Slower to get it, more pleased when they do, and swift to locate the unfunny—for this we need the Stanford University School of Medicine? And remember, this is women when confronted with humor. Is it any wonder that they are backward in generating it?
This is not to say that women are humorless, or cannot make great wits and comedians. And if they did not operate on the humor wavelength, there would be scant point in half killing oneself in the attempt to make them writhe and scream (uproariously). Wit, after all, is the unfailing symptom of intelligence. Men will laugh at almost anything, often precisely because it is—or they are—extremely stupid. Women aren't like that. And the wits and comics among them are formidable beyond compare: Dorothy Parker, Nora Ephron, Fran Lebowitz, Ellen DeGeneres. (Though ask yourself, was Dorothy Parker ever really funny?)
I'm dying over here.
December 13, 2006
Extra-literary, socio-religious link:
All I want for Christmas is nothing.
(Courtesy of your friendly local, or not so local, Canadian Mennonites.)
In this day and age of oh-so-serious religion, you have to be at least a little bit intrigued by a mag named Geez. Their slogan: "holy mischief in an age of fast faith."
We’ve set up camp in the outback of the spiritual commons. A bustling spot for the over-churched, out-churched, un-churched and maybe even the un-churchable. A location just beyond boring bitterness.
(Bonus: In the current issue, there's an article headlined "Jesus Was a Fatty.")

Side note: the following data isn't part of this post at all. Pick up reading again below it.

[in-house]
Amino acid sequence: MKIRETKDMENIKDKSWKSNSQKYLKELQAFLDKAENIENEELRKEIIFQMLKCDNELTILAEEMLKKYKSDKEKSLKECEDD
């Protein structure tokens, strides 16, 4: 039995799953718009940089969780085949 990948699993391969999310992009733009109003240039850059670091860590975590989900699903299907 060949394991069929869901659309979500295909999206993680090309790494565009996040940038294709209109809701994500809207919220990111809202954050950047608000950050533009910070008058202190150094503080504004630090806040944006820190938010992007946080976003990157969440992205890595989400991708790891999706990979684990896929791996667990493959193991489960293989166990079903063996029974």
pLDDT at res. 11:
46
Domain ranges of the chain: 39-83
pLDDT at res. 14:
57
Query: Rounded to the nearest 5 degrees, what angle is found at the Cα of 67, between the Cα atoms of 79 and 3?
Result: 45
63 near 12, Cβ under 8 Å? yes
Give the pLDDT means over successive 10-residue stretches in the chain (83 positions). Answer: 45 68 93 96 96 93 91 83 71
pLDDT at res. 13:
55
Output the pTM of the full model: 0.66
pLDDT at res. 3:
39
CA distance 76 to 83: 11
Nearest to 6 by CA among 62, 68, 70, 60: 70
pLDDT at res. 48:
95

Now I just have to figure out whether I'm out-churched, un-churched, or un-churchable.
If you can, nip over to Paris between December 20 and February 19: the Pompidou Centre is hosting a massive exhibition devoted to the life and work of Georges Rémi, better known as Hergé, creator of Tintin.
Tintin, the journalist who somehow never managed to file a word of copy, is, in some respects, an odd hero: almost characterless in his rectitude, he nevertheless inspires devotion across the world, even among people who are not exactly boy scouts themselves. Hergé was inspired by the boy-scout code of honour and resourcefulness, but, in a flash of genius, gave Tintin the alcoholic, pipe-smoking, imprecation-roaring Captain Haddock as a sidekick.
Nipping over to Paris isn't an option for me this year, but I do have a Tintin moon-launch tee-shirt I'm quite fond of.
Irresponsible parenting threatens libraries in Brunei too:
Children, some as young as two years old who have yet to be toilet-trained, are being dropped off un-chaperoned by their parents at the Dewan Bahasa Public Library every day during the current school holidays, overwhelming the librarians who have even had to give the sick ones their medication.
The library has organised fun activities such as colouring and storytelling sessions to attract children to come and stay during the school holidays. Some parents, however, have turned it into a day-care centre.
(BruneiDirect.com, via LISNews)
...but he didn't change their minds.
So much for the power of prayer.
Yup, we journos have a lot to be proud of this year.
A little hometown pride here: DC's tied for third place on this year's list of American's Most Literate Cities. Watch out, Seattle and Minneapolis, we're coming for ya.
Drawing from a variety of available data resources, the America’s Most Literate Cities study ranks the 70 largest cities (population 250,000 and above) in the United States. This study focuses on six key indicators of literacy: newspaper circulation, number of bookstores, library resources, periodical publishing resources, educational attainment, and Internet resources.
The first installment of Critical Mass's new occasional feature, "Reading Book Reviews," should be called "Auditioning for My Next Review Assignment":